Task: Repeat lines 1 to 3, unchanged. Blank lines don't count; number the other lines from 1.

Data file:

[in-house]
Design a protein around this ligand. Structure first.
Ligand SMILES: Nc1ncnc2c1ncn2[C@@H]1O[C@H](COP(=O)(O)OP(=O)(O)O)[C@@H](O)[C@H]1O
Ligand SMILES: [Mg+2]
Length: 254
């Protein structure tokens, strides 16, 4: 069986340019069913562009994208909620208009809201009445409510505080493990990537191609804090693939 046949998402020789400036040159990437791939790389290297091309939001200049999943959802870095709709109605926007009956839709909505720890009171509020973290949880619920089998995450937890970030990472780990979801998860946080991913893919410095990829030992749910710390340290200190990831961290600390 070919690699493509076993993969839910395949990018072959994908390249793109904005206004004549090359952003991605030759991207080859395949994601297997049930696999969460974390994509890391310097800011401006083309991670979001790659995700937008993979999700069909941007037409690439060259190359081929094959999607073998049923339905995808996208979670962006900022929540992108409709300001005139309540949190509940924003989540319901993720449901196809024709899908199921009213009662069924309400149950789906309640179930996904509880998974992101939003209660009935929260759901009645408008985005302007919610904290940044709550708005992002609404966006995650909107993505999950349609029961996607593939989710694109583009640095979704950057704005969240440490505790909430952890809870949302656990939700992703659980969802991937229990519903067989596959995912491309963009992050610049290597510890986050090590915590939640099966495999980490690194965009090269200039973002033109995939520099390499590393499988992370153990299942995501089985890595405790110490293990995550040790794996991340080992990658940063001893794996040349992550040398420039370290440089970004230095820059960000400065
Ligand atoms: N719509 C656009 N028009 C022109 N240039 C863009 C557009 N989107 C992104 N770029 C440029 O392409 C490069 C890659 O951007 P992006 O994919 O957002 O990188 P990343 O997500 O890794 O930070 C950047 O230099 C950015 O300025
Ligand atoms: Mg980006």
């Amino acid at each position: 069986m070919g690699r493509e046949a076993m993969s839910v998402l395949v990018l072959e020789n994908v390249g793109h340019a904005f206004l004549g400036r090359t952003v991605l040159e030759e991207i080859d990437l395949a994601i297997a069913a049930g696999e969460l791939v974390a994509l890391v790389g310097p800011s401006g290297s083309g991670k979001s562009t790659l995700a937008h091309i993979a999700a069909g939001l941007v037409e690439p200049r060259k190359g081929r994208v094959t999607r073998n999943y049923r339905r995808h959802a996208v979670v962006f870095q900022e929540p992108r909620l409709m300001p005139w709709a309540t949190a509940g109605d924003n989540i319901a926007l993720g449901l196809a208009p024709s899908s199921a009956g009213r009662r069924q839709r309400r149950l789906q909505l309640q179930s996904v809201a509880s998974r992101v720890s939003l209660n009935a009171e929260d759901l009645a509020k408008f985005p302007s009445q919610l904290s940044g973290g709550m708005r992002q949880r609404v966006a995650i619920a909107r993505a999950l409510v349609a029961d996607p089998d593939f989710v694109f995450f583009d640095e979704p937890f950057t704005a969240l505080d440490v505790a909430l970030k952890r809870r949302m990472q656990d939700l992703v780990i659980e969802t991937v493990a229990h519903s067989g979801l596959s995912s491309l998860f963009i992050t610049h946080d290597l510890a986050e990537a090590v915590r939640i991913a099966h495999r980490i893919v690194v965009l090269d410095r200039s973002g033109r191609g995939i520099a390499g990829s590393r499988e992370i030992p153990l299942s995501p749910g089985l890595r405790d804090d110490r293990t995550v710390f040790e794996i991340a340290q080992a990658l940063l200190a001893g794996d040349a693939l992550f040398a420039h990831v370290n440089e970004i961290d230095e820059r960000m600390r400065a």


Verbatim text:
[in-house]
Design a protein around this ligand. Structure first.
Ligand SMILES: Nc1ncnc2c1ncn2[C@@H]1O[C@H](COP(=O)(O)OP(=O)(O)O)[C@@H](O)[C@H]1O